|NOTES:||Ten and 20 thou plastic card, rod, strut, and a pair of spectacles.|
This is the only aircraft named after a famous silent film comedian. I do not know of any aircraft called the Charlie Chaplin 2, nor one named the Buster Keaton 2, but the initials HL of this aircraft stand for Harold Lloyd. I assume that “Haroldek” is the Polish equivalent of Harold, and that the figure -2 is there because the man himself counts as HL-1.
Most of Lloyd's films are now lost to history, and he is not now so popular as his two contemporaries, Chaplin and Keaton, but, at the time, he was more prolific than Chaplin, and his films made more money, some $15.7m compared to Chaplin's $10.5m.
He was best known for his bespectacled “Glasses” character, and one of the greatest film stills from the silent era show him hanging from the hands of a clock, high above a street. That aerial stunt might well be reason for this aircraft's name.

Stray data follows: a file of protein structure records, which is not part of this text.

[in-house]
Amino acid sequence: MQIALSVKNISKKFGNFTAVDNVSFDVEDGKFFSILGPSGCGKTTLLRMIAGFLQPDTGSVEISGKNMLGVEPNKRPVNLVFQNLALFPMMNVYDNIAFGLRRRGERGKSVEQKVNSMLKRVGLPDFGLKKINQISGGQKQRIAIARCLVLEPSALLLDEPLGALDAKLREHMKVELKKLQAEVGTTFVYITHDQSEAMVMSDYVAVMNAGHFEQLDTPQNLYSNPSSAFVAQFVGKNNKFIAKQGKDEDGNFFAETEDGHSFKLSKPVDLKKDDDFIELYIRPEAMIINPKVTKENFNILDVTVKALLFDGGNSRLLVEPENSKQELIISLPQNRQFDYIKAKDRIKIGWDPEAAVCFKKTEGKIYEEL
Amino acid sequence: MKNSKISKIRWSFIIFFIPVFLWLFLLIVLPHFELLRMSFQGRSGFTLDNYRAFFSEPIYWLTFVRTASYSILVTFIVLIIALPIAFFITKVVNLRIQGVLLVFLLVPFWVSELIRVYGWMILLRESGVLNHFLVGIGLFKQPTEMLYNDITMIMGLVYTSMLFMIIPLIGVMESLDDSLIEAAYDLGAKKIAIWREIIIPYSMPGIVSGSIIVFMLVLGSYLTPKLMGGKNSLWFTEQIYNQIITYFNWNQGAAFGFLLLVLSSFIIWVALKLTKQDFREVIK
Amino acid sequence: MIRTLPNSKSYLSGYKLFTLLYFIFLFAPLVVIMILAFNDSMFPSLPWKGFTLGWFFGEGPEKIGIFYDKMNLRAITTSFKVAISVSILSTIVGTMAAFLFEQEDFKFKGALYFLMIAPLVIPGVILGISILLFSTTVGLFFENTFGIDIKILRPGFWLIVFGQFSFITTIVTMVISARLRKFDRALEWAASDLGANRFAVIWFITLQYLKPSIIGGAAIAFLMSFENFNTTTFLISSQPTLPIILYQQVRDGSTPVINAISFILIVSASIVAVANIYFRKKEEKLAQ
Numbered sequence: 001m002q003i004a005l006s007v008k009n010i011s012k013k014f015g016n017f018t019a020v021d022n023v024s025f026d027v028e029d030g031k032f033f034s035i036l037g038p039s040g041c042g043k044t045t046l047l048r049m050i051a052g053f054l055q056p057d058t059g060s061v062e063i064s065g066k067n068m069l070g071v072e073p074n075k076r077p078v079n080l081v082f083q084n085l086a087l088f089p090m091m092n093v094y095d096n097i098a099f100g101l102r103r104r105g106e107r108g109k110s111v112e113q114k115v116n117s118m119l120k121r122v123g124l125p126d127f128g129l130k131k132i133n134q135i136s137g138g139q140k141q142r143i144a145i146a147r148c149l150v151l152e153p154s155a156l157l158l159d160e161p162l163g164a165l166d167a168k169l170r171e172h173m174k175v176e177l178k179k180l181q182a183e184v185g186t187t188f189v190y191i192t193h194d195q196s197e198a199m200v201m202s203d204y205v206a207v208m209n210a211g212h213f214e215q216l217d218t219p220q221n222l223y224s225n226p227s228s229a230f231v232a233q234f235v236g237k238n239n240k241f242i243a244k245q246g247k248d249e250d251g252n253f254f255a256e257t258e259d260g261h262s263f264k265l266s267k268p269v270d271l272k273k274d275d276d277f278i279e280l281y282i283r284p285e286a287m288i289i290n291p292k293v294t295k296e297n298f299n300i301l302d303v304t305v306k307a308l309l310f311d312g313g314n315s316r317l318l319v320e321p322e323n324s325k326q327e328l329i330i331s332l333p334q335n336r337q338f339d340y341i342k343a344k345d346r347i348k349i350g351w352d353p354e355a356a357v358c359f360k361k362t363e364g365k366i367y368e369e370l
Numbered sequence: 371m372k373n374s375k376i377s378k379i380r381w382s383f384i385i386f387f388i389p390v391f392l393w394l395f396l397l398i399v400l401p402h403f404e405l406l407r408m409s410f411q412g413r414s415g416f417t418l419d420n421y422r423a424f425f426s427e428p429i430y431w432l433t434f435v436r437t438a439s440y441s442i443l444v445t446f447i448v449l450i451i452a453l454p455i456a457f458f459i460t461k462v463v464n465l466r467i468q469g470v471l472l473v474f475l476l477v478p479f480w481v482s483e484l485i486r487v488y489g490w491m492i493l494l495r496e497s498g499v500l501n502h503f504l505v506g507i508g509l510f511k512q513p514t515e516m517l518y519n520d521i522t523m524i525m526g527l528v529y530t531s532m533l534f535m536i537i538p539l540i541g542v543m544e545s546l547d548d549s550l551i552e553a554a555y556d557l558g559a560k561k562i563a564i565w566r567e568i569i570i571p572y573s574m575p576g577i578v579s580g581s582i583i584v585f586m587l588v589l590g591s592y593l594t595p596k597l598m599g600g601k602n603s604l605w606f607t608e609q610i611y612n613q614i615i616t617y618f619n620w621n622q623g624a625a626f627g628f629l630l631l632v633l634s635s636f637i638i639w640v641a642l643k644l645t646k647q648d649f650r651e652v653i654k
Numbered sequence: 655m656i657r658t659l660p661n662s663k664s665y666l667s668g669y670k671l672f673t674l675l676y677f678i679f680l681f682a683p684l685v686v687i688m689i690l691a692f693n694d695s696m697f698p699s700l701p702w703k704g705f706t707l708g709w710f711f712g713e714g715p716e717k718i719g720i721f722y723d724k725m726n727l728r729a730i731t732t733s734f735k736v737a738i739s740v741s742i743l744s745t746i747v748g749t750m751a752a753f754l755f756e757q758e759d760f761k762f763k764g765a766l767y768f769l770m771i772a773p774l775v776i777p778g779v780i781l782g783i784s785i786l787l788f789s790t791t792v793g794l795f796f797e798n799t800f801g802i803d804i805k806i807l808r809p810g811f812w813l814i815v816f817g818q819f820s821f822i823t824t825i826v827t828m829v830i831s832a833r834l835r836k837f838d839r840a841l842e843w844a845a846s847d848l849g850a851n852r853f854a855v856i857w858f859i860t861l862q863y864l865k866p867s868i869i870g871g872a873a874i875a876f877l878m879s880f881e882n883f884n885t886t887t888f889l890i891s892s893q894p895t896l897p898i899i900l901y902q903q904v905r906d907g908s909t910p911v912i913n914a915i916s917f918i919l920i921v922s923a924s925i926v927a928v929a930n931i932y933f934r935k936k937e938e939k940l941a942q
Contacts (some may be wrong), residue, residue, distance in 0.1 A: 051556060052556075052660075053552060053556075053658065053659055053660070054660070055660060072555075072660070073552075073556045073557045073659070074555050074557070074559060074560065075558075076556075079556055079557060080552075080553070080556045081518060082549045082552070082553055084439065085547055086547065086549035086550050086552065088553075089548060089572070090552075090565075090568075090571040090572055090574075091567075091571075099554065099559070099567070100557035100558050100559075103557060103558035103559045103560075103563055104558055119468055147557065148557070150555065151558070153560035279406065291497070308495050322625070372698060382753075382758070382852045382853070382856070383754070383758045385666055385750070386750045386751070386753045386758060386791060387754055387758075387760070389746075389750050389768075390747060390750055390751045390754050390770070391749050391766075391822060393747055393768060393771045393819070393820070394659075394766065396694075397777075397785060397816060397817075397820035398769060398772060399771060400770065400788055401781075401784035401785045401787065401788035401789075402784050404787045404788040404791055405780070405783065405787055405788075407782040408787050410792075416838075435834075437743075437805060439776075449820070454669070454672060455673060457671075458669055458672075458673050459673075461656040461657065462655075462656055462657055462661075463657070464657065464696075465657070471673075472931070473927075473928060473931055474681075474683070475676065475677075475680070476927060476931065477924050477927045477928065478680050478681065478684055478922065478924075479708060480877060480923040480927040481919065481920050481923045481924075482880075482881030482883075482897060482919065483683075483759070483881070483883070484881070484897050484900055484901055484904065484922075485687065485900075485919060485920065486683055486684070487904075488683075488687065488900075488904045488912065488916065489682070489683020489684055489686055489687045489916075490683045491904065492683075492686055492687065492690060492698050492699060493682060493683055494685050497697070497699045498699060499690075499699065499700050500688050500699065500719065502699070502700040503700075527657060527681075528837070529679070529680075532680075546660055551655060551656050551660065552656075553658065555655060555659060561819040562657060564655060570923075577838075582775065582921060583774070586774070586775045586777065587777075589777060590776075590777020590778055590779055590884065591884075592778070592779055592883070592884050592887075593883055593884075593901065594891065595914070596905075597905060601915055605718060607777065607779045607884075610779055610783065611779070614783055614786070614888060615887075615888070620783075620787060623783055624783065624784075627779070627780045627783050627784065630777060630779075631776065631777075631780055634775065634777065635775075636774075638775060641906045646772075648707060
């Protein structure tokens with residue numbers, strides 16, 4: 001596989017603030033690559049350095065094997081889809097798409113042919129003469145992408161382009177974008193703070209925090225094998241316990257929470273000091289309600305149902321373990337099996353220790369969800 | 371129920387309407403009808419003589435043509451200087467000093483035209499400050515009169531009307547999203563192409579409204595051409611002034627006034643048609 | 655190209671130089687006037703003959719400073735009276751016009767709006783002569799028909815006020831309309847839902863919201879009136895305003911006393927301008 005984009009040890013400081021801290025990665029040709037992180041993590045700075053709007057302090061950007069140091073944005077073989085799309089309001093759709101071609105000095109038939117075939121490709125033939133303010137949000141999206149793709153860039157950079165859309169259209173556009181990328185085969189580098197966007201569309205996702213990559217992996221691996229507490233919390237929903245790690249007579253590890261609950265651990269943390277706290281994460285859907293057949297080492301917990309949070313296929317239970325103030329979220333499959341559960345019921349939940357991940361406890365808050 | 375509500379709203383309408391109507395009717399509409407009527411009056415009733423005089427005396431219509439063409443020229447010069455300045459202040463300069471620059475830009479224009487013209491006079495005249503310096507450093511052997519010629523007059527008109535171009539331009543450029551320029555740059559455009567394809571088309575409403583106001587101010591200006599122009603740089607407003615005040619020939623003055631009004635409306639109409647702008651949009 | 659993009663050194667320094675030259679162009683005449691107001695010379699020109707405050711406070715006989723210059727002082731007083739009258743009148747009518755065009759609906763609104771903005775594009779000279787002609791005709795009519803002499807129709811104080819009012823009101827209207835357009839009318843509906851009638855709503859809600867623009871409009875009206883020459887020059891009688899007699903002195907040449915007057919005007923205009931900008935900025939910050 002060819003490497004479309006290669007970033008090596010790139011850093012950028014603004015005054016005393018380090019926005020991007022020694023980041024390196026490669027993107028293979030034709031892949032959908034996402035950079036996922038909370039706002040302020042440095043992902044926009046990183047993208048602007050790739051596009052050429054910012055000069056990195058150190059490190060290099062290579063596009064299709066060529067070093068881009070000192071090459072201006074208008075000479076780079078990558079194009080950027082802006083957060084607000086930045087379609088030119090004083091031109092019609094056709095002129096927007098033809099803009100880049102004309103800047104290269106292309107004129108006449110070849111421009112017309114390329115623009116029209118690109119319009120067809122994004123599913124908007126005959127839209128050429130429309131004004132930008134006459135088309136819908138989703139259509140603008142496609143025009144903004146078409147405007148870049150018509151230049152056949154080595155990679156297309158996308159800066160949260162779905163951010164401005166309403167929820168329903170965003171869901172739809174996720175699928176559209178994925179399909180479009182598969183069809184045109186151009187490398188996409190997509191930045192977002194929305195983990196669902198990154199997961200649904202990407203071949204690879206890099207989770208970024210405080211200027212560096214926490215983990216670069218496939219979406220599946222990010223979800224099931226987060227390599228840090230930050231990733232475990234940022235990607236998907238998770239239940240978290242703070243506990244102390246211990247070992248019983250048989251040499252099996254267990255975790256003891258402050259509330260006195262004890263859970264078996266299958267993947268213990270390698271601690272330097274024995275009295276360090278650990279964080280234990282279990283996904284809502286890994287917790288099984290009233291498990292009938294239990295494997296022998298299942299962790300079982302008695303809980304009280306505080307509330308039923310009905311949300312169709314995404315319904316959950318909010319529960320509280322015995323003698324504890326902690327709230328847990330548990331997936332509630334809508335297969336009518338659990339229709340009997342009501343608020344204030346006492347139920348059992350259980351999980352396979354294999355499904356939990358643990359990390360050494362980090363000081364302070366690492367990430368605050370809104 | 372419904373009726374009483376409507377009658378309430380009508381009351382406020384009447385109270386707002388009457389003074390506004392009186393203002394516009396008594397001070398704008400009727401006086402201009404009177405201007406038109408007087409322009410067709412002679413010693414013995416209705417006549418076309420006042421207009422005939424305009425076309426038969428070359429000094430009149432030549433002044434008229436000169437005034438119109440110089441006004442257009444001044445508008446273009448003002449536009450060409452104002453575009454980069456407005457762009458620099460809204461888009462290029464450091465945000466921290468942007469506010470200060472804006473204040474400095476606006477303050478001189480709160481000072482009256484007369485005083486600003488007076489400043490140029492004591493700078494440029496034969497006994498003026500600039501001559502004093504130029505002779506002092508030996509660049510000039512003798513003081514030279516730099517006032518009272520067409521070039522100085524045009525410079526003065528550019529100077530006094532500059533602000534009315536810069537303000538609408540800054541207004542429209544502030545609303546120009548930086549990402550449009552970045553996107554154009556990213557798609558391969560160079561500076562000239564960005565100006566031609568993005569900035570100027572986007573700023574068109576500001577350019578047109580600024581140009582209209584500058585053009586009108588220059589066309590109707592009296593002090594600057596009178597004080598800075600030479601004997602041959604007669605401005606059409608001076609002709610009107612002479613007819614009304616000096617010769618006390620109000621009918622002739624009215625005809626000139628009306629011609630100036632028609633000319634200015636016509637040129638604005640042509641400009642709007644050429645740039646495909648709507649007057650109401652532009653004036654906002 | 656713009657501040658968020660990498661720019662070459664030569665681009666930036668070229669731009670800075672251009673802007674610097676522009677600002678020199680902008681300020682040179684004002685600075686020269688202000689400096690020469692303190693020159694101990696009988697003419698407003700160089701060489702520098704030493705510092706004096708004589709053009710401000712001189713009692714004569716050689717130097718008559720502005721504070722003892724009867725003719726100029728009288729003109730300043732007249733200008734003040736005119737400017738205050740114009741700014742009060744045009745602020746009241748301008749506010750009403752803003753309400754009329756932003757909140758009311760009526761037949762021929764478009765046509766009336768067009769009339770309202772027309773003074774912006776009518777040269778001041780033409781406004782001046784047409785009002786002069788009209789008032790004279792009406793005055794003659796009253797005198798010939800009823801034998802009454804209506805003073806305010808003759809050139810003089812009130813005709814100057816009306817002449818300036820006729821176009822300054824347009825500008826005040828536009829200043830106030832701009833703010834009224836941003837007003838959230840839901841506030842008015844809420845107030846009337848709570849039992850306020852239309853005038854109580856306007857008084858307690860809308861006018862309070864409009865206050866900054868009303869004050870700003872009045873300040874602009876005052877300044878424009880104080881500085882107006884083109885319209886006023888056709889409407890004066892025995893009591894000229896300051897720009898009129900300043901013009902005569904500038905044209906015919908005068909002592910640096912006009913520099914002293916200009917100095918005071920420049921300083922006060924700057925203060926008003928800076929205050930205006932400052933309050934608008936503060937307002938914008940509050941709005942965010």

It was the first independent design of Josef Medwecki who worked for the Samolot company in Poznan. After his plans were green lighted by the aviation authority he began making it with some factory employees and friends in 1926. He worked under the guidance of Ryszard Bartel, who went on to design Polish military aircraft which bear his name. The initial wood-work was done in the attic of his house, and then the final assembly in the empty hall of a nearby railway station, provided free by the station manager who had an interest in aircraft.
The 3 cylinder 35 hp Anzani engine was borrowed from the factory. As you can see, the aircraft was bright red and it sported a pair of spectacles as its markings.